Are drivers of 70 years and over, safer drivers than those under the age of 20? Data indicates that drivers under the age of 20 are involved in more fatal accidents than drivers over the age of 75. So is there any basis for the over 70s to be retested?
As the law currently stands, drivers over the age of 70 must simply fill in a self-assessment form every 3 years in order to renew their license. This does not include having to undergo a medical assessment or a driving test. But should it?
In November 2012 an 85 year old driver’s car mounted the pavement and careered into a family, closely missing a two year old but tragically killing his mother. The dad and husband, has recently started a petition calling for over-70 year olds to be retested every three years. The petition which was only started last week on Change.org gathered more than 140,000 votes in just a couple of days.
This a heart wrenching case. A man has been left without his wife and a little boy without his mother. The family of the driver (who was sentenced to 18 months in jail for causing death by dangerous driving – later reduced to 12 months on appeal) are also suffering. If this driver had been forced to retake his test, perhaps this fatality would have been avoided.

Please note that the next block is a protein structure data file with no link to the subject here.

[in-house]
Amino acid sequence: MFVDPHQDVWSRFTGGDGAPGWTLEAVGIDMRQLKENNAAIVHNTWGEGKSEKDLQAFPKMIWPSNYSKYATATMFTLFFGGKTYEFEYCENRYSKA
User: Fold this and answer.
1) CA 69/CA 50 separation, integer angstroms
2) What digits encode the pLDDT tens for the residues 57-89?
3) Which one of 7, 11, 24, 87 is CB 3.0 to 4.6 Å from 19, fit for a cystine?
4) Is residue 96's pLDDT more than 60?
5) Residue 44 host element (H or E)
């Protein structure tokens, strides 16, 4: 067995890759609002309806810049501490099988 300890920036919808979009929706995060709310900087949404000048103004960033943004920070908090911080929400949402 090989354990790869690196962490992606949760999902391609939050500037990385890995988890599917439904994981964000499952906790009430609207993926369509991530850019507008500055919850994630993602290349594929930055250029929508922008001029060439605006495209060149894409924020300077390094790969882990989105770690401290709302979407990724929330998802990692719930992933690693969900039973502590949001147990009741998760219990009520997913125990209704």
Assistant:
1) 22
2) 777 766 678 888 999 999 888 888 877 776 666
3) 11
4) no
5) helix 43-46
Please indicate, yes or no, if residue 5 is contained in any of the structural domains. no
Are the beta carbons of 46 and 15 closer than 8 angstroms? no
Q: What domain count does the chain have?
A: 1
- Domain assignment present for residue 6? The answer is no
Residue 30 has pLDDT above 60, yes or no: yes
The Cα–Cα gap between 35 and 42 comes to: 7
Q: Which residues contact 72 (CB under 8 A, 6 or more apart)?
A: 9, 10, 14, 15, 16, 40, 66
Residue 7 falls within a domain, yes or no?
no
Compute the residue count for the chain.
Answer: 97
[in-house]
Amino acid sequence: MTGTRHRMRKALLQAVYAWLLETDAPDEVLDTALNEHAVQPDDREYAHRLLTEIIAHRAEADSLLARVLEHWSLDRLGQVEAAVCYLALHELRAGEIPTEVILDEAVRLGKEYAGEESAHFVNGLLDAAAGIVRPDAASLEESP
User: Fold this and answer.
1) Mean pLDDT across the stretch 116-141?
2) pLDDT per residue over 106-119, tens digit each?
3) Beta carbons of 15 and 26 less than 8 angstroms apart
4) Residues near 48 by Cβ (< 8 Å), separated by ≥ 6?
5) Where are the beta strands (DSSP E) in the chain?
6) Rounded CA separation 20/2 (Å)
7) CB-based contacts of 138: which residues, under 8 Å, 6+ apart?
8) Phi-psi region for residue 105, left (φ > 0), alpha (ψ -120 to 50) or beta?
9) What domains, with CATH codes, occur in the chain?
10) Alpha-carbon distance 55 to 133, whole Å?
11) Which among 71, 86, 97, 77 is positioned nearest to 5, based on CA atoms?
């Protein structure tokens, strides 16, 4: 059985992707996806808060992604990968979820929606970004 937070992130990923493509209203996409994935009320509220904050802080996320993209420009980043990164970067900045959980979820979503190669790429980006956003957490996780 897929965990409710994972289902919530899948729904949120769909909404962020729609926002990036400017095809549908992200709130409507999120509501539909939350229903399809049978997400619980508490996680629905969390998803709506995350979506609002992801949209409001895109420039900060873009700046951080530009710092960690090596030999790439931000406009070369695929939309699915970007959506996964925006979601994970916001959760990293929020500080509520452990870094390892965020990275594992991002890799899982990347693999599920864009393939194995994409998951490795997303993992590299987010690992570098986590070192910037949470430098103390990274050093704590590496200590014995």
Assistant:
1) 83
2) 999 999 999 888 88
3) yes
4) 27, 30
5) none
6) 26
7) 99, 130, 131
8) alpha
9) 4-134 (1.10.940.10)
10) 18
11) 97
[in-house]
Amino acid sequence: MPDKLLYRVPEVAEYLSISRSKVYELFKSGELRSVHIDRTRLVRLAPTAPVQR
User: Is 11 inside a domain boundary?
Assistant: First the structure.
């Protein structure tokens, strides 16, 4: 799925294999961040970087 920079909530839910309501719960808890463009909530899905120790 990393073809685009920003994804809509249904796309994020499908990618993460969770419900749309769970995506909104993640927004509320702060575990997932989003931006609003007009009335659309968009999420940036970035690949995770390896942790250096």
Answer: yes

Elderly drivers may have slower reaction times, weaker muscles and reduced flexibility than their younger counterparts but many argue than age alone is not a reason to systematically force all drivers over the age of 70 to retake their test and pass a medical assessment.
What of the reckless younger drivers we hear so much about who cause fatalities? Perhaps one way to reduce the number of accidents and deaths on the road is by increasing the age which drivers must pass their test from 16 to 18 or even 21.
In 2013 the Department of Transport said there was no evidence that older drivers are more likely to cause accidents and at the time there were no plans to change the law. That said, petitions that reach 100,000 signatories are considered for a debate in Parliament. With this particular petition growing fast, will Parliament be forced to reconsider the law?